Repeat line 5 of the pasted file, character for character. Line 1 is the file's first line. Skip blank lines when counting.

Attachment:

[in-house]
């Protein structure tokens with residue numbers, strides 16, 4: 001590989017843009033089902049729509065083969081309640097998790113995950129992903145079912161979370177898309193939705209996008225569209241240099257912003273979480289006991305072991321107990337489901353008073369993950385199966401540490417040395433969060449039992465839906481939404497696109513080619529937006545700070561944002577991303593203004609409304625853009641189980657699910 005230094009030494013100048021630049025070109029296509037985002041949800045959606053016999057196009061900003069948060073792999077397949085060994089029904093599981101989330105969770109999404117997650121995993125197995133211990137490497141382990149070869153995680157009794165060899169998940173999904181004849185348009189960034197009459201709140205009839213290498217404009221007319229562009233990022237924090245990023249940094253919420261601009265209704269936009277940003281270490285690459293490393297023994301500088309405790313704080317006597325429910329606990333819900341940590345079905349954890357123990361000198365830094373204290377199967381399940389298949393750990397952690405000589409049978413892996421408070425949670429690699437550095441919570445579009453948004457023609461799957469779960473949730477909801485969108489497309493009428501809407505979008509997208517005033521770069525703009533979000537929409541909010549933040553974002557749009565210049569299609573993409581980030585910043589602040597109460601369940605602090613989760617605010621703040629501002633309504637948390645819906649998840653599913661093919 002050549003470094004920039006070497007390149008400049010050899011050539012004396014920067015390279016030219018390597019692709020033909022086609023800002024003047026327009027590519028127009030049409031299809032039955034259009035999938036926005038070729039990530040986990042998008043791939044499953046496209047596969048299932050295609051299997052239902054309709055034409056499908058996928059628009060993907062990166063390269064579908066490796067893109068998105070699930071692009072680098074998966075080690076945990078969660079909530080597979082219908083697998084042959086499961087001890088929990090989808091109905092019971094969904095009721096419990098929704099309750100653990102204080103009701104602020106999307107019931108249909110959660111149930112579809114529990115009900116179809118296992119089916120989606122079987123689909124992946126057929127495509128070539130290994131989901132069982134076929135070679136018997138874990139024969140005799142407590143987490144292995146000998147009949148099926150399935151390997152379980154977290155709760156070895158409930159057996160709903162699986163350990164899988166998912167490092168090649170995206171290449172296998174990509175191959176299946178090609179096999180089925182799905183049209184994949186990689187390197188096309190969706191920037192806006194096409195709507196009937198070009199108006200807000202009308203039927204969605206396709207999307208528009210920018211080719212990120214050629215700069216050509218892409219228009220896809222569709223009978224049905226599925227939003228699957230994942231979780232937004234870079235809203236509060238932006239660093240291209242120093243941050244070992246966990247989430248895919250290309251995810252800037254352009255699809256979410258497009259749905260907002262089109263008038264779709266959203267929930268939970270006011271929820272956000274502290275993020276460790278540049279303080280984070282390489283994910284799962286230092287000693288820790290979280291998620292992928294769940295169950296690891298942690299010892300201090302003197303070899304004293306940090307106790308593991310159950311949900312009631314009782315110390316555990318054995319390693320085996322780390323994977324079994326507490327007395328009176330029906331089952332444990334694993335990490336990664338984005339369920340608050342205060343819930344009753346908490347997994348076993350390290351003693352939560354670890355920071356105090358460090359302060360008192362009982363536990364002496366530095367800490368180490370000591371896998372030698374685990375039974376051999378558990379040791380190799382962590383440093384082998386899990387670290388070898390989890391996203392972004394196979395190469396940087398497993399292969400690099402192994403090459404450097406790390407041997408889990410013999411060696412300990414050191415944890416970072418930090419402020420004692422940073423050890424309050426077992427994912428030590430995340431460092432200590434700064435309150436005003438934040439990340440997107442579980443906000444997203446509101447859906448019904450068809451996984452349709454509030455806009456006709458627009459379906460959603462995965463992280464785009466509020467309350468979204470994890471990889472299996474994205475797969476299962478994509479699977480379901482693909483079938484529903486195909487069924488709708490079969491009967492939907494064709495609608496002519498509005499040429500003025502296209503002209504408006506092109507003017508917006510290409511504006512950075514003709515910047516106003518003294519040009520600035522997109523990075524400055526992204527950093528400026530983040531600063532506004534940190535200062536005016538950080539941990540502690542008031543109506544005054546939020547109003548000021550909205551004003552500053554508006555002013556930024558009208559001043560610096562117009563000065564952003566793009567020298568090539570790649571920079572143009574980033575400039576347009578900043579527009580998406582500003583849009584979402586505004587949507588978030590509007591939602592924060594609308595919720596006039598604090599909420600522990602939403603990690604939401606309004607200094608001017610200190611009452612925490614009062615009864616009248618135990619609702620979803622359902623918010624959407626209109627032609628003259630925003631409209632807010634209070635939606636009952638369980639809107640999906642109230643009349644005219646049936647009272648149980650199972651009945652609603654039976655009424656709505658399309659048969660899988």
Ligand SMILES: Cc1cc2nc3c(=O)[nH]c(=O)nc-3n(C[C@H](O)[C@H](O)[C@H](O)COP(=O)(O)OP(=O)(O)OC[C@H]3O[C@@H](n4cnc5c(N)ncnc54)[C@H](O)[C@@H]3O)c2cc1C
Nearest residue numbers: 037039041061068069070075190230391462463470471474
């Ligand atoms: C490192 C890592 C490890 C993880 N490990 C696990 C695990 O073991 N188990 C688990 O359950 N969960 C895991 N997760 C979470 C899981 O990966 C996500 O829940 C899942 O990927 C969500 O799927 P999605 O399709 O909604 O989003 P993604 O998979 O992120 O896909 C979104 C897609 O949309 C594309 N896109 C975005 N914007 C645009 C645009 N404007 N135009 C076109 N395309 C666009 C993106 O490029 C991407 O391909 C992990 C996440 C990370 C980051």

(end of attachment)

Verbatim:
């Ligand atoms: C490192 C890592 C490890 C993880 N490990 C696990 C695990 O073991 N188990 C688990 O359950 N969960 C895991 N997760 C979470 C899981 O990966 C996500 O829940 C899942 O990927 C969500 O799927 P999605 O399709 O909604 O989003 P993604 O998979 O992120 O896909 C979104 C897609 O949309 C594309 N896109 C975005 N914007 C645009 C645009 N404007 N135009 C076109 N395309 C666009 C993106 O490029 C991407 O391909 C992990 C996440 C990370 C980051």